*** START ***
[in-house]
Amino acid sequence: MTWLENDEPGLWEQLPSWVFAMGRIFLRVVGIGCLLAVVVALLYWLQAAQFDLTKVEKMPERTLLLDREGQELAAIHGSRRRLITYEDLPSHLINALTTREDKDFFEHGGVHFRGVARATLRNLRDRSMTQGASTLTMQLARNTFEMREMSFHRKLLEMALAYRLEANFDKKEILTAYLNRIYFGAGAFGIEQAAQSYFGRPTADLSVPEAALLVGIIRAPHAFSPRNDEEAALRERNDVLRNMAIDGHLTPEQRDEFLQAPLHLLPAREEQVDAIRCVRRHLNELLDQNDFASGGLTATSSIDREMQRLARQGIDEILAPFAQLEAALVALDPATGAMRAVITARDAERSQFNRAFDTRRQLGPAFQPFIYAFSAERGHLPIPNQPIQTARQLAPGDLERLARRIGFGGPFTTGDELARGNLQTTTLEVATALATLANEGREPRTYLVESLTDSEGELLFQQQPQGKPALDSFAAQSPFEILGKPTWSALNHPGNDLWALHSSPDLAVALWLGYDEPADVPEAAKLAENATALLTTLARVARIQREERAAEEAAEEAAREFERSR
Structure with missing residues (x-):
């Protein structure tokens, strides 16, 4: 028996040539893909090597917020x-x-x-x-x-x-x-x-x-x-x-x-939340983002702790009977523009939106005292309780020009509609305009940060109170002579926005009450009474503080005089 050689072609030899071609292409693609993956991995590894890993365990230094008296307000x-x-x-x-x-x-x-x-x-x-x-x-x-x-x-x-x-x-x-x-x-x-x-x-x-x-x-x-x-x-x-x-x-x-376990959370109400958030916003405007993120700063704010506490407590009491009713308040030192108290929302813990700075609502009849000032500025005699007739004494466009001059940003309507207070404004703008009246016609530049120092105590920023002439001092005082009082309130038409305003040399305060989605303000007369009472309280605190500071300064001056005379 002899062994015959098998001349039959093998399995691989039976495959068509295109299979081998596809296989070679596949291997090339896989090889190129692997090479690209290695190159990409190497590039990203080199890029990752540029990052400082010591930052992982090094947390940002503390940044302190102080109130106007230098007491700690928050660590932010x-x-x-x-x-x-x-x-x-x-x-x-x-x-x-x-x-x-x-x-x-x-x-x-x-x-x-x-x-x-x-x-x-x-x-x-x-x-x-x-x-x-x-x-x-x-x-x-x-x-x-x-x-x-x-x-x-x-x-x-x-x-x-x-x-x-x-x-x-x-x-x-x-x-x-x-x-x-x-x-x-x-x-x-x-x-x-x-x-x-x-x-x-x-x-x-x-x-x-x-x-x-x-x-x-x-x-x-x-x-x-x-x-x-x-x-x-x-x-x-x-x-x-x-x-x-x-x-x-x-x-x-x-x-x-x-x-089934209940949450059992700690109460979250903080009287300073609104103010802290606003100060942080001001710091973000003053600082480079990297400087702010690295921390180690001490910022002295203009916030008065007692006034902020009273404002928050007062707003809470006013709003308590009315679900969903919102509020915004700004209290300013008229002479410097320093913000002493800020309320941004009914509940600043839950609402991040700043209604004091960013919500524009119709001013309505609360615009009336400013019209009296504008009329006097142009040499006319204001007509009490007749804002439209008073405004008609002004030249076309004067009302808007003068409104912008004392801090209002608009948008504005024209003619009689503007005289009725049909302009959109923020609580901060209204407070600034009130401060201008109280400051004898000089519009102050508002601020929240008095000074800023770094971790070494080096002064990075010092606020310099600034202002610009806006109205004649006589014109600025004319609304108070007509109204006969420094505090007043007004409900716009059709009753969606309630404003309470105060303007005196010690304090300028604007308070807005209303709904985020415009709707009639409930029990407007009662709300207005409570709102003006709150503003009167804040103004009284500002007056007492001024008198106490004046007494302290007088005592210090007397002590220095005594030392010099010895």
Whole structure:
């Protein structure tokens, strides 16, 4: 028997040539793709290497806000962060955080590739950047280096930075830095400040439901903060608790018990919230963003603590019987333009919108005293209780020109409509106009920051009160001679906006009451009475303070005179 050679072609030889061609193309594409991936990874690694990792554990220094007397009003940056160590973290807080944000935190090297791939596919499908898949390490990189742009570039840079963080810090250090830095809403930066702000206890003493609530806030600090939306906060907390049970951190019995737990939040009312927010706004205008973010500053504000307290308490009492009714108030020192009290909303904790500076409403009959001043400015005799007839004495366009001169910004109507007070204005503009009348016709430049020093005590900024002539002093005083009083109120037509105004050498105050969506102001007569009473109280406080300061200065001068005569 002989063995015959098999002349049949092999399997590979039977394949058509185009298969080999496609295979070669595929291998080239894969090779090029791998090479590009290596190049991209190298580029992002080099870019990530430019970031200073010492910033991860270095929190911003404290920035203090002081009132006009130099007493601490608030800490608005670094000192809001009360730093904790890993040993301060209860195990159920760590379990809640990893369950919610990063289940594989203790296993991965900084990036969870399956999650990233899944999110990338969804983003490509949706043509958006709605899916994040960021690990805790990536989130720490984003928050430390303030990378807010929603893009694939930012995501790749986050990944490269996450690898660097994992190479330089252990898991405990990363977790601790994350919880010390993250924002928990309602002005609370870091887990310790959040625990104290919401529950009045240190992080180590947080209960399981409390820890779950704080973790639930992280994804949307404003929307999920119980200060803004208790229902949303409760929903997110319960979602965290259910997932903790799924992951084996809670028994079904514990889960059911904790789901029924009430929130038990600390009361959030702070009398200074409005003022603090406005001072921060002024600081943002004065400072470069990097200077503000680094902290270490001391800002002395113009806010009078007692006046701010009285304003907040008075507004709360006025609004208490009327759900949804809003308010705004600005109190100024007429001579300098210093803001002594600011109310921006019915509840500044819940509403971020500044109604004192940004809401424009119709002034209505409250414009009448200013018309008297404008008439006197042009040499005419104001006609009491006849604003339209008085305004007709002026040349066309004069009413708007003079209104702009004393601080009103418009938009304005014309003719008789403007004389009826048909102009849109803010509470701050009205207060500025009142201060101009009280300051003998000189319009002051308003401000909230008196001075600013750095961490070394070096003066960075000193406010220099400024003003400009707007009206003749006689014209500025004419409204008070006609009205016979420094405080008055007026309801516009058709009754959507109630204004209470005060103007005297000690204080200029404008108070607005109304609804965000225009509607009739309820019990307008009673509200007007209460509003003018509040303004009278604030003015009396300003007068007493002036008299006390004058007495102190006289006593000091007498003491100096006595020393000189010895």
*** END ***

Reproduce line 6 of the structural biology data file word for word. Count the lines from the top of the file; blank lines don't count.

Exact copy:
């Protein structure tokens, strides 16, 4: 028997040539793709290497806000962060955080590739950047280096930075830095400040439901903060608790018990919230963003603590019987333009919108005293209780020109409509106009920051009160001679906006009451009475303070005179 050679072609030889061609193309594409991936990874690694990792554990220094007397009003940056160590973290807080944000935190090297791939596919499908898949390490990189742009570039840079963080810090250090830095809403930066702000206890003493609530806030600090939306906060907390049970951190019995737990939040009312927010706004205008973010500053504000307290308490009492009714108030020192009290909303904790500076409403009959001043400015005799007839004495366009001169910004109507007070204005503009009348016709430049020093005590900024002539002093005083009083109120037509105004050498105050969506102001007569009473109280406080300061200065001068005569 002989063995015959098999002349049949092999399997590979039977394949058509185009298969080999496609295979070669595929291998080239894969090779090029791998090479590009290596190049991209190298580029992002080099870019990530430019970031200073010492910033991860270095929190911003404290920035203090002081009132006009130099007493601490608030800490608005670094000192809001009360730093904790890993040993301060209860195990159920760590379990809640990893369950919610990063289940594989203790296993991965900084990036969870399956999650990233899944999110990338969804983003490509949706043509958006709605899916994040960021690990805790990536989130720490984003928050430390303030990378807010929603893009694939930012995501790749986050990944490269996450690898660097994992190479330089252990898991405990990363977790601790994350919880010390993250924002928990309602002005609370870091887990310790959040625990104290919401529950009045240190992080180590947080209960399981409390820890779950704080973790639930992280994804949307404003929307999920119980200060803004208790229902949303409760929903997110319960979602965290259910997932903790799924992951084996809670028994079904514990889960059911904790789901029924009430929130038990600390009361959030702070009398200074409005003022603090406005001072921060002024600081943002004065400072470069990097200077503000680094902290270490001391800002002395113009806010009078007692006046701010009285304003907040008075507004709360006025609004208490009327759900949804809003308010705004600005109190100024007429001579300098210093803001002594600011109310921006019915509840500044819940509403971020500044109604004192940004809401424009119709002034209505409250414009009448200013018309008297404008008439006197042009040499005419104001006609009491006849604003339209008085305004007709002026040349066309004069009413708007003079209104702009004393601080009103418009938009304005014309003719008789403007004389009826048909102009849109803010509470701050009205207060500025009142201060101009009280300051003998000189319009002051308003401000909230008196001075600013750095961490070394070096003066960075000193406010220099400024003003400009707007009206003749006689014209500025004419409204008070006609009205016979420094405080008055007026309801516009058709009754959507109630204004209470005060103007005297000690204080200029404008108070607005109304609804965000225009509607009739309820019990307008009673509200007007209460509003003018509040303004009278604030003015009396300003007068007493002036008299006390004058007495102190006289006593000091007498003491100096006595020393000189010895």